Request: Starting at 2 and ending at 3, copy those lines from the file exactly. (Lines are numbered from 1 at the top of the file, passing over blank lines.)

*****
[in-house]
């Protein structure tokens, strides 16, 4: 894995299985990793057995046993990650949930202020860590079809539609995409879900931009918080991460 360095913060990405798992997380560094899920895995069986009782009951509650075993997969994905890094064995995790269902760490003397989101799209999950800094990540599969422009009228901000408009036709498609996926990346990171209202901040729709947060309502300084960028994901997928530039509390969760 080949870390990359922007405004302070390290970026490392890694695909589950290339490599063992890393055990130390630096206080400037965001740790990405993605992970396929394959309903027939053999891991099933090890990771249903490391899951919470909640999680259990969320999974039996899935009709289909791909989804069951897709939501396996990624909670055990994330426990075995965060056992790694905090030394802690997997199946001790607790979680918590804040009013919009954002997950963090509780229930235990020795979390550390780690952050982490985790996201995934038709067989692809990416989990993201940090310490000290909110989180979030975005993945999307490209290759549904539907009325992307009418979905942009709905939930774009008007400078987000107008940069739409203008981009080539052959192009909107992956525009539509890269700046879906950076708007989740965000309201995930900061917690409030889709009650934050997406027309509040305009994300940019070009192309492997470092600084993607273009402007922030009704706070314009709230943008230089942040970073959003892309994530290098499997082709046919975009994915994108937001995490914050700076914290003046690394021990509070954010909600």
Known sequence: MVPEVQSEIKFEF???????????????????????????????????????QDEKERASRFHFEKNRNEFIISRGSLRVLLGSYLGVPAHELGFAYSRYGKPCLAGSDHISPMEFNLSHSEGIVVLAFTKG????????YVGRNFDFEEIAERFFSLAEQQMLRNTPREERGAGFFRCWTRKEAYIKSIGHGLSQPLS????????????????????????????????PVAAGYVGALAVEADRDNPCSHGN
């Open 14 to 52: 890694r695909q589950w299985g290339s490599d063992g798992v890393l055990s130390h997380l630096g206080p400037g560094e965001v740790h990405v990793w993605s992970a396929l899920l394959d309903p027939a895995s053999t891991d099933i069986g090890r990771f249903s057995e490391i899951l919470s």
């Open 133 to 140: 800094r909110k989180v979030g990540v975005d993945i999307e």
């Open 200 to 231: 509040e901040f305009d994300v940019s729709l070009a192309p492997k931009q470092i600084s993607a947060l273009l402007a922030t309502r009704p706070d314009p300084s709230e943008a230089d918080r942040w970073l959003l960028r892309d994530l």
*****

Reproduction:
């Protein structure tokens, strides 16, 4: 894995299985990793057995046993990650949930202020860590079809539609995409879900931009918080991460 360095913060990405798992997380560094899920895995069986009782009951509650075993997969994905890094064995995790269902760490003397989101799209999950800094990540599969422009009228901000408009036709498609996926990346990171209202901040729709947060309502300084960028994901997928530039509390969760 080949870390990359922007405004302070390290970026490392890694695909589950290339490599063992890393055990130390630096206080400037965001740790990405993605992970396929394959309903027939053999891991099933090890990771249903490391899951919470909640999680259990969320999974039996899935009709289909791909989804069951897709939501396996990624909670055990994330426990075995965060056992790694905090030394802690997997199946001790607790979680918590804040009013919009954002997950963090509780229930235990020795979390550390780690952050982490985790996201995934038709067989692809990416989990993201940090310490000290909110989180979030975005993945999307490209290759549904539907009325992307009418979905942009709905939930774009008007400078987000107008940069739409203008981009080539052959192009909107992956525009539509890269700046879906950076708007989740965000309201995930900061917690409030889709009650934050997406027309509040305009994300940019070009192309492997470092600084993607273009402007922030009704706070314009709230943008230089942040970073959003892309994530290098499997082709046919975009994915994108937001995490914050700076914290003046690394021990509070954010909600």
Known sequence: MVPEVQSEIKFEF???????????????????????????????????????QDEKERASRFHFEKNRNEFIISRGSLRVLLGSYLGVPAHELGFAYSRYGKPCLAGSDHISPMEFNLSHSEGIVVLAFTKG????????YVGRNFDFEEIAERFFSLAEQQMLRNTPREERGAGFFRCWTRKEAYIKSIGHGLSQPLS????????????????????????????????PVAAGYVGALAVEADRDNPCSHGN